I read the first two books , I wanted to see what all the hopela was about, as well as thought they might be good “adventure” books. I read enough Sci-Fi, so how different could it be.

But I just couldn’t get over how the book was trying to tell you this is the way you’re supposed to be. It read like a Protestant tract on how to fear God.
LIttle Jimmy though he knew it all,
but Beth had it right
Jimmy should’ve listened to Beth because now he’s all alone.

That right there is pretty much the summary of the first 100 pages with a tiny bit of mystery put in. From Theological nor literary adventure point was I very impressed.


#12

I read all of them up to Jesus’ second coming. Apparantly they have one more book in the series. I think they are an interesting story. The theology is apparantly quite wrong. I have not read up on the theology of the books vs the Catholic Church, but I do have two books regarding that topic.

One other anti-catholic “backhand” is the charater of Leon Fortunato. He becomes the head of the anti-Chrit’s church and is adorned with a fancy robe and a staff and a hat and is called pontiff. If that’s not a reference to our Pope…


#13

Although there is a chance you can take some of the “Left Behind” series as “anti-Catholic” you need to remember that the authors are NOT Catholic for a reason. They are fundamentalists, a large part of which is denying Catholicism.

In terms of the books, I have read them all and generally enjoyed them. The idea of a rapture is very comforting and although I do not believe in it myself I wouldn’t complain if it happened to me :wink:

The best thing to be said about the Left Behind Series is that they promote “getting right with God” so as a beginning point of evangelising they are quite useful. The stories are exciting and the way God looks out for the characters is very appealing. I understand they have brought a lot of people to Christ.

The errors within I think can be dealt with later. The salvation the believers talk about can be compared to our initial Baptism which if we died at that moment we would be saved. There are more similarities between their beliefs and those of Catholics than they would like and if these are focused upon then it is easier to convince people of Catholicism’s truths. In terms of God, I think they limit Him (all Protestants do) but He is portrayed as both wrathful and merciful (depending upon whose “side” you are on).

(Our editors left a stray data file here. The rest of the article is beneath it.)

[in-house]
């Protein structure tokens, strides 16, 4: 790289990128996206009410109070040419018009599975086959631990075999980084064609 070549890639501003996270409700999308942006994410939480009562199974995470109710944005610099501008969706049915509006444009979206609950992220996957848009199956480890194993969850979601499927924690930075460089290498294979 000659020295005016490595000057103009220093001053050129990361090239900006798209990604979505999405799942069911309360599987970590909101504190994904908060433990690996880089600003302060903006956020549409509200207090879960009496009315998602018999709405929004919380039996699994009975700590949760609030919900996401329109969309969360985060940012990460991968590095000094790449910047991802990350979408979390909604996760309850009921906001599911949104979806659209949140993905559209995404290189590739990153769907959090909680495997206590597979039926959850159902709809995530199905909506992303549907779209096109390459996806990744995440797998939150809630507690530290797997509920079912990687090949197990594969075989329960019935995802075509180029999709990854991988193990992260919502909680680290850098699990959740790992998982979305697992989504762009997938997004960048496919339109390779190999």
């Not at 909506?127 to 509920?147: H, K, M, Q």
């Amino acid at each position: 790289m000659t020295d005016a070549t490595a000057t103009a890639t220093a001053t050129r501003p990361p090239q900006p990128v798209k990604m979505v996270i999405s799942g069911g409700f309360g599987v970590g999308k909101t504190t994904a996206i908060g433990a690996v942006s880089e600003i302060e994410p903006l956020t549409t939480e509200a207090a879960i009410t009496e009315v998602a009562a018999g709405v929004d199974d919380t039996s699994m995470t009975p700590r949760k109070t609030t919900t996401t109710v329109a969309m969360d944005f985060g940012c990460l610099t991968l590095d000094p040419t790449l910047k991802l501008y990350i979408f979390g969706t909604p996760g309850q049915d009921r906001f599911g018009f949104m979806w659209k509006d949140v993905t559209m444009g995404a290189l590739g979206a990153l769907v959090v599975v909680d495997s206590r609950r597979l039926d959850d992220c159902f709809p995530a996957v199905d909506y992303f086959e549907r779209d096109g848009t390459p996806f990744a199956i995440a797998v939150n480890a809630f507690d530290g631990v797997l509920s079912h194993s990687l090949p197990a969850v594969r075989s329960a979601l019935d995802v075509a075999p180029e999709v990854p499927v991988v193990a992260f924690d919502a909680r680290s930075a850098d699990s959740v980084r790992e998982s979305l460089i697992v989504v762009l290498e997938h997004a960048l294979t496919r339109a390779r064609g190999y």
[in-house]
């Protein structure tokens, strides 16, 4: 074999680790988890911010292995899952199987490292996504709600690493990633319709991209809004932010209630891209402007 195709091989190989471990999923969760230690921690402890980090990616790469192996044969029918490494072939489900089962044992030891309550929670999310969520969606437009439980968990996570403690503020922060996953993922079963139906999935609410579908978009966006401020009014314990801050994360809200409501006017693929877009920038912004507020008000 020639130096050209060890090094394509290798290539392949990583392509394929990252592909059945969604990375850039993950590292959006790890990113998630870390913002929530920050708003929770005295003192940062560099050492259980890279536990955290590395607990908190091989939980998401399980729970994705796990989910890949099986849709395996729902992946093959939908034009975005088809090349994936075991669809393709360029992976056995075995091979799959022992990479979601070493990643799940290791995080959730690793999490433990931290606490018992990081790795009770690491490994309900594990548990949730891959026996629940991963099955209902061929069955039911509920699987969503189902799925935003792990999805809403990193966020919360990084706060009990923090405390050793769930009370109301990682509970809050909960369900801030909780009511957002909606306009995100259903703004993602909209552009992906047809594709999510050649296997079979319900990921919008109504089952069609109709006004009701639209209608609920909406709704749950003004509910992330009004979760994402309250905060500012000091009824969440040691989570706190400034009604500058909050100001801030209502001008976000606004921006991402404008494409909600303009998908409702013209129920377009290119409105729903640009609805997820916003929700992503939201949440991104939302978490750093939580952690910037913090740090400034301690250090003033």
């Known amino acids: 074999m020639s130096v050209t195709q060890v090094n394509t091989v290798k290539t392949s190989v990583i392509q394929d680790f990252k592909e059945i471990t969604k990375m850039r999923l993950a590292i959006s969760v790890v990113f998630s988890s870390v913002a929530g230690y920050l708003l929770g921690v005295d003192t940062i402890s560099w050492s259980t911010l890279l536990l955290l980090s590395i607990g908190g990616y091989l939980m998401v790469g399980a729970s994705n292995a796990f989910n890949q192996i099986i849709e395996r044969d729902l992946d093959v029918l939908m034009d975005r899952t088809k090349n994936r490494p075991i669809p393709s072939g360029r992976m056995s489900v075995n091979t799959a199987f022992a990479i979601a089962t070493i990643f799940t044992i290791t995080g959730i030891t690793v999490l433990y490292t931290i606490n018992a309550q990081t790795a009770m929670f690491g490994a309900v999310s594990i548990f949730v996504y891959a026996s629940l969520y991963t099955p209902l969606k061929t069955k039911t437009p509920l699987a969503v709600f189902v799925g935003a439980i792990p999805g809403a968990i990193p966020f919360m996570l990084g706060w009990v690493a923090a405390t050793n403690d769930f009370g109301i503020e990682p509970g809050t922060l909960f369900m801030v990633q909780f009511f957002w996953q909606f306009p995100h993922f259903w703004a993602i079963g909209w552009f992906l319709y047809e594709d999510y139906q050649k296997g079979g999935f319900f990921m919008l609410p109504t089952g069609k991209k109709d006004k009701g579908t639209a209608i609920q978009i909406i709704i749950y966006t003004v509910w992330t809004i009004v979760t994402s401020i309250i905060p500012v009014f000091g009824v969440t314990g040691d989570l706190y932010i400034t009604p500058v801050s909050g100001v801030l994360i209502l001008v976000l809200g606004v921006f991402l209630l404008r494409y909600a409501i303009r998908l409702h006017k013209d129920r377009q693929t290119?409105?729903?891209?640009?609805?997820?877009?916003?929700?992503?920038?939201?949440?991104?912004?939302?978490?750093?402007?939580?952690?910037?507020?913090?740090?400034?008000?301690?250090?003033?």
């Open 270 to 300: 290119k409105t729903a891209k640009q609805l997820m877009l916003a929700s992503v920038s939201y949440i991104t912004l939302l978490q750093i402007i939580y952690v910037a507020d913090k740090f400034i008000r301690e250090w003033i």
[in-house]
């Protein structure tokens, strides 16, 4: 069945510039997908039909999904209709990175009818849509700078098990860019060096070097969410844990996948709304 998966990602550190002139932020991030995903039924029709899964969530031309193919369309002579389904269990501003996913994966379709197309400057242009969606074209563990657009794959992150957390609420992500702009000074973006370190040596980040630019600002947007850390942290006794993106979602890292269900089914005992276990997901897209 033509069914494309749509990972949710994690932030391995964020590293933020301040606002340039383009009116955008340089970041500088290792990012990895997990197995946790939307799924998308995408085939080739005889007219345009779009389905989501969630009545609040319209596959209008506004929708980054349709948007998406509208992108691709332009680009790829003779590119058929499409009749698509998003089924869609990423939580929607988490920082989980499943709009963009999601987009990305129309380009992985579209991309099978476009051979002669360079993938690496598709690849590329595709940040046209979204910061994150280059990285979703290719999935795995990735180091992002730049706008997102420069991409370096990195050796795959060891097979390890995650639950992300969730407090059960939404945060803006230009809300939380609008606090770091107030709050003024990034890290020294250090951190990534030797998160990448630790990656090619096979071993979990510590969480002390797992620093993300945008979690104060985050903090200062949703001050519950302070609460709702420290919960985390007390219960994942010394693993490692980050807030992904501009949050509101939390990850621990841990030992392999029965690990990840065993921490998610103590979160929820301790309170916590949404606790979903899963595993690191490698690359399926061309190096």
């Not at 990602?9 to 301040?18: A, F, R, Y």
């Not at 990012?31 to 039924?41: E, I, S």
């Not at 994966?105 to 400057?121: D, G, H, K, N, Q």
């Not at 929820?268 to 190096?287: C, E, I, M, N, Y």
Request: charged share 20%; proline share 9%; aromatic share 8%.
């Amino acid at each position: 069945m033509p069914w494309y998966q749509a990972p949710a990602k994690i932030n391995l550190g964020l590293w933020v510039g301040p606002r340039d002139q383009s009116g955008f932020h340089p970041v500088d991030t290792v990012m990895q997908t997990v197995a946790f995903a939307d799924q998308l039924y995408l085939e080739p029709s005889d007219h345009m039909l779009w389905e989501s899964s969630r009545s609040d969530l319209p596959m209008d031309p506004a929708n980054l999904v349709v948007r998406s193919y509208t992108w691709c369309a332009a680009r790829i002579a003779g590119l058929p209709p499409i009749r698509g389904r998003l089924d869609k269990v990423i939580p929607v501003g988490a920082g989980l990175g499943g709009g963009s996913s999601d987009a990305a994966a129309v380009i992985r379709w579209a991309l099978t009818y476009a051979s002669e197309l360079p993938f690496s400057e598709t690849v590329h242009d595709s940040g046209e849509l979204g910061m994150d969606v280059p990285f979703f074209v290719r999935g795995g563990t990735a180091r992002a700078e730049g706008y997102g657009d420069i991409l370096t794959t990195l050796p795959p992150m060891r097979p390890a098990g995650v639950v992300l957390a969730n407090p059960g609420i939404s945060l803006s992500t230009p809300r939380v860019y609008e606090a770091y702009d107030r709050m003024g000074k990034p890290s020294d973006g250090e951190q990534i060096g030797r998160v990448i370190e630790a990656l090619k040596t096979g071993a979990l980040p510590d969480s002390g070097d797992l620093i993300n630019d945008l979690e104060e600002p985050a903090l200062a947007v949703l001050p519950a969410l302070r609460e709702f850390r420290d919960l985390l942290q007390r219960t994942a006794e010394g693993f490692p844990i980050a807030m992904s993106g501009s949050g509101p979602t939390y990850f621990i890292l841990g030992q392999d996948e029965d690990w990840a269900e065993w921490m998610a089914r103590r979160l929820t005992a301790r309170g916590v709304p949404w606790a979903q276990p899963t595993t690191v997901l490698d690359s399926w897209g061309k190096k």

#14

[quote=Matt25]I have read so far I think eight books in the series. Mostly for the laughs. They are very badly written. They are extremely mis-informed about the Catholic Church, and indeed every non-fundamentalist Protestant faith. Also they really have no idea about the world beyond US shores. The way everybody speaks English and has air conditioning seems especially unrealistic.

Anyway be that as it may, after reading Left Behind I checked out the theology by reading "The Rapture Trap" by Paul Thigpen. I suggest you do the same. It is easy to read and points out quite clearly how Catholic teaching differs from the whole idea of the Rapture which even most protestants do not believe in.

Happy reading.
[/quote]

I agree they are poorly written and not based on sound theology. My mother-in-law lent me the series but I really couldn’t get past the first one. I would put it in the same category as the Divinci Code -although I believe the author of the Divinci Code is a better writer, but again both a pure fiction, not based on sound theology and certainly not accurate on historical Christian belief.


#15

I enjoyed them. They were easy reading, good for those times when I want to just be entertained and not think too much. They are written on say a high school level.

I found them a lot easier to read at 10 o"clock at night than Aquina’s Summa :).

I can seperate out the parts that conflict with the Catholic teaching, and in fact a few times it caused me to bring out the CCC and check some things I was vague on.

I did find it was very comforting - even if all the beliefs are not correct, there is a certain joy and comfort I found in reading about the lives of characters who were totally in love with Jesus. The last book that described their interaction with Jesus in the second coming (for them it was the third coming I guess :confused:), was just wonderful to imagine and think about - even if my shot is hopefuly in heaven. To imagine walking with Jesus was just a wonderful feeling for me.

I considered it good entertainment, and I didn’t confuse it with the CCC. What’s wrong with that?


#16

I liked the first one. I read the first 6 but they started to get boring and repetitious they are written on about a 5th grade level. The main problem I have with the series is that I knew many Catholics and Lutherans who started reading them and taking them as fact (sort of like the DaVinci code). I have one friend (ex-Catholic) who joined the Calvary Chapel and thinks she will get Raptured ™ any second and can’t wait. It seems like a rather selfish theology and outlook, IMO.


#17

I read three of them.

All I can think of is: It’s a Rupture, not a Rapture…
theologically speaking.

reen12